Information radiators are a great way for you to communicate information to a team that they just are not seeing for themselves. It also helps you to not have to nag the team with information they aren’t ready to hear about things they are doing that self-sabotaging.
I created this radiator when I was working with a team that had gone through several sprints where they kept voicing that they were going to finish all the work until the last day when they finally admitted that they were not going to finish. I’m not sure if they were deceiving themselves or if they were afraid to admit failure but either way there were several reasons why I could see early in the sprint that they were not going to complete the work, but they couldn’t accept fate until the last day of the sprint. By then, there wasn’t much that could be done to change directions or not frustrate stakeholders with surprise unfinished work.
The radiator I used is pretty simple. I wrote and labeled a line for each day of the sprint across a piece of flip chart paper. (This could be easily done on a white board.) Then I wrote the numbers 1-10 evenly across the lines. I then divided the lines into 3 parts and highlighted one part red, yellow in the middle, and green on the right. Across the bottom I wrote, “How confident are we that we will meet our sprint commitment at 80% or higher?” I selected 80% because the company had a 80% metric that they expected teams on average to complete 80% of the work each sprint. You should label this however seems appropriate to your organization.
I introduced the information radiator to the team and explained that I had noticed that we seem to be confident that we will finish the work until the last day but we were ending up with lots of unfinished work each sprint. I asked them if it would be okay if I just did a check in with them once a day during the sprint to see how they felt about their ability to complete the work they selected. So, every day at around 3pm I would ask the team for their gut check, which was their personal confidence level on a scale of 1-10 that we would finish the work in the sprint. If they were all in green then all was well. If they were in yellow or red the team would regroup and figure out what changes they needed to make in the way they were working and would also decide if any communication needed to go out to stakeholders for work in jeopardy.
On the 5th day of the sprint something amazing happened. One of the developers stood up at about 2:30pm and declared to the team. “Look everyone, in about 30 minutes she is going to ask us about our gut check and I can’t honestly answer because I have no idea where we are. Testing tasks are just sitting there and I have no idea what’s happening!” Then, the team FINALLY had a heated discussion about the fact that testing tasks were not broken down into individual tasks and no one had any idea what was being tested and how testing was progressing on each story. At the end of their heated debate they decided that they would no longer write tasks like “implement” or “test.” Instead, they agreed to write their tasks more specifically like, “write test cases,” “write automated test,” “regression test,” and similar for development tasks.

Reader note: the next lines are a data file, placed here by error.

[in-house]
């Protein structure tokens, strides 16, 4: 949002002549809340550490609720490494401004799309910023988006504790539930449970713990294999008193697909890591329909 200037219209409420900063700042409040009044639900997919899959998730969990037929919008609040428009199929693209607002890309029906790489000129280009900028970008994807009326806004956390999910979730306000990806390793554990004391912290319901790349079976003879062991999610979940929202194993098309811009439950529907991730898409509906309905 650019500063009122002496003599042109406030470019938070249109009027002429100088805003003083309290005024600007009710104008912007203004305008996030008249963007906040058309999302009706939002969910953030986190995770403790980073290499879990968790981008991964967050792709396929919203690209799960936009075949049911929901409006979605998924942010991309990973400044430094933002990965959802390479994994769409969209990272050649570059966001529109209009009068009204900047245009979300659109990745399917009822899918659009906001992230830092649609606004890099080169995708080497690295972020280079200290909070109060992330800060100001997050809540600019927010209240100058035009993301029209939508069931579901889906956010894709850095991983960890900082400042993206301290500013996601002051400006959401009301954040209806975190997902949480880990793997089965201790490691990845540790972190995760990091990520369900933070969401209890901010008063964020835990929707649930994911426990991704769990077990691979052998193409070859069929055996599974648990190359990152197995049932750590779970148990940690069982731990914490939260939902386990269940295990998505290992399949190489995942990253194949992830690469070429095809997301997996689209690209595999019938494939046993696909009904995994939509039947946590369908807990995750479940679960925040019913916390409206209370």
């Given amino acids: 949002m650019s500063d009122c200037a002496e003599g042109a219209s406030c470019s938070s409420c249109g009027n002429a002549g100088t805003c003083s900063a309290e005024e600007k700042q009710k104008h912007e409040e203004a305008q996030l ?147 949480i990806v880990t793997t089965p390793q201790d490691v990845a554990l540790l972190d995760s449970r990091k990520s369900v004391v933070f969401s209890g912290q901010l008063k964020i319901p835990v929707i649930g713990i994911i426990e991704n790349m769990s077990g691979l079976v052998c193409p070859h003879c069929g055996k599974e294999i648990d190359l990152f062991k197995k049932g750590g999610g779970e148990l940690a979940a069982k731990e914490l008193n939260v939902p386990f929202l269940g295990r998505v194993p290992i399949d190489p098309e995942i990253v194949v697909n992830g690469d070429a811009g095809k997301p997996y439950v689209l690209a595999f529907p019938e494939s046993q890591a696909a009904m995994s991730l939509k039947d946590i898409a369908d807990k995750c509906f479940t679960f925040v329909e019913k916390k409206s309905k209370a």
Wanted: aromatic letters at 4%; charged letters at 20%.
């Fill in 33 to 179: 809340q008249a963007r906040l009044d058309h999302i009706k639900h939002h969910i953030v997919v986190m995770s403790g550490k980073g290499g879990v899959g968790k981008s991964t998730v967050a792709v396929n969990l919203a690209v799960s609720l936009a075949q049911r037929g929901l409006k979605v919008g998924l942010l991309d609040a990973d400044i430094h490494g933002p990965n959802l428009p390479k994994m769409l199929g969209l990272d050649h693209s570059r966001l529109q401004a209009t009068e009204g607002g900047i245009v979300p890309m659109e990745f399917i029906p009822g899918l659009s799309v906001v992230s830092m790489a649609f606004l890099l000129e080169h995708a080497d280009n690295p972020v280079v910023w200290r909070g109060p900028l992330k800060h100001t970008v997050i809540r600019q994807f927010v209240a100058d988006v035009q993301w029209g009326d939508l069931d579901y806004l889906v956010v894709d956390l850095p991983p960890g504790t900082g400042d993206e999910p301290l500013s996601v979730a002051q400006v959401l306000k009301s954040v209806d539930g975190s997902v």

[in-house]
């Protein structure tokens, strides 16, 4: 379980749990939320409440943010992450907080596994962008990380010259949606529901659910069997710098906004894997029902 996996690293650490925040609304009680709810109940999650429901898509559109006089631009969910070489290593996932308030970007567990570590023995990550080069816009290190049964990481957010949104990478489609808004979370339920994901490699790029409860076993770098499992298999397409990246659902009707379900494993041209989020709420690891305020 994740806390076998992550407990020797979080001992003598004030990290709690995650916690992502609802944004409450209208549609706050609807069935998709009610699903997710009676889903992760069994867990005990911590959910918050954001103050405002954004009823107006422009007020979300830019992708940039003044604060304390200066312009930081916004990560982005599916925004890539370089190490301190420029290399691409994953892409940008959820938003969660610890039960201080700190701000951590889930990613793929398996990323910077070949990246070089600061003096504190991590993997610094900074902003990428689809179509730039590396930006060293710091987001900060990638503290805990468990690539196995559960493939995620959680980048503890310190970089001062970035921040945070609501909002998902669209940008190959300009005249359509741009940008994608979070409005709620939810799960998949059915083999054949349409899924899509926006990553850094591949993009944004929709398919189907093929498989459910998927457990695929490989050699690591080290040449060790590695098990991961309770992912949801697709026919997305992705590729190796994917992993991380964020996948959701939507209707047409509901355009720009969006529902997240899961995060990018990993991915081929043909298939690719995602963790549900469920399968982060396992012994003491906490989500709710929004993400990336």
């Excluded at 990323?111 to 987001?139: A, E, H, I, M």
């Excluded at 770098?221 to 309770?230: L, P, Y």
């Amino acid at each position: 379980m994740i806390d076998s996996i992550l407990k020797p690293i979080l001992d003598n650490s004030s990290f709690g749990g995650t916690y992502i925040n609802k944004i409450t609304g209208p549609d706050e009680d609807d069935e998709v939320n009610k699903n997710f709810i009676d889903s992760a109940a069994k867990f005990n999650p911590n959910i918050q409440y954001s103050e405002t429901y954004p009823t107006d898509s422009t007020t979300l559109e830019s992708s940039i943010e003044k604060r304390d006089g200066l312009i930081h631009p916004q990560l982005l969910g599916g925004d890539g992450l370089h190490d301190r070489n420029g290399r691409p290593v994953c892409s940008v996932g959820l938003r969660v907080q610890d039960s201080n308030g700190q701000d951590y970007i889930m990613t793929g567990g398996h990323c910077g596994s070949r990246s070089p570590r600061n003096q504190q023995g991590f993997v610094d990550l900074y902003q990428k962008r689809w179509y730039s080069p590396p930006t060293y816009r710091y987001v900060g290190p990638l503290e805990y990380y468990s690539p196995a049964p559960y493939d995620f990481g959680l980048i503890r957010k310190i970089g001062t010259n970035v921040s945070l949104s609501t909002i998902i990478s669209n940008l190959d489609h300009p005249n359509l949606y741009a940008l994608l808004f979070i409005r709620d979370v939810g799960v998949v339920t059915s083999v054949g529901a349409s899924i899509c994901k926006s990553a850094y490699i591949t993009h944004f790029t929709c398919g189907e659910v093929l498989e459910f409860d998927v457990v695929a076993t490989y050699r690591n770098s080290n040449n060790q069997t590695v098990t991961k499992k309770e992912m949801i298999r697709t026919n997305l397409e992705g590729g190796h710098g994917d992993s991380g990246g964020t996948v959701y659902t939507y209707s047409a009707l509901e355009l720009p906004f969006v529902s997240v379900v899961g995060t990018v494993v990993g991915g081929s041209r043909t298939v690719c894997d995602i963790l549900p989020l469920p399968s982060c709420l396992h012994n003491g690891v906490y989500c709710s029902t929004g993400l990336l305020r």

I was so proud of this team! I knew that this was the problem and had tried to get the team to break down their tasks and to push on the tester to explain where they were on the work each day since his 3 hour testing tasks were lasting 3-4 days. However, until they could see it with their own eyes they weren’t ready to accept that a change needed to be made. They also needed to get to a place where they were ready to have some healthy conflict instead of just “being nice” all the time.
After this incident the team was better about being open and questioning why work was not getting completed to identify if there were impediments or additional assistance needed. Another side effect of using this radiator was that someone wanted to know why the team was shooting for 80% as a goal. The team discussed this and decided that even though 80% was acceptable for the company they should strive to always get 95-100% of the work completed each sprint. They also decided that if they got 100% for 3-4 sprints they would raise the bar and take in more work to try to increase their velocity.
Remember, this information radiator is not intended to be a whipping stick. When I asked about their gut check I just indicated where people were. You can write a dot or an x or whatever other type of indication is right for your team. I wrote their names. You could even leave off the numbers and have the team just write an X on the line where they are. The colors are important so don’t leave those off.
I didn’t use this radiator with the team for very long. I think I used it for two sprints. It had done the work I needed it to do so I stopped when it was no longer valuable. If you decide to use this radiator, please let me know about your experience and send me a picture!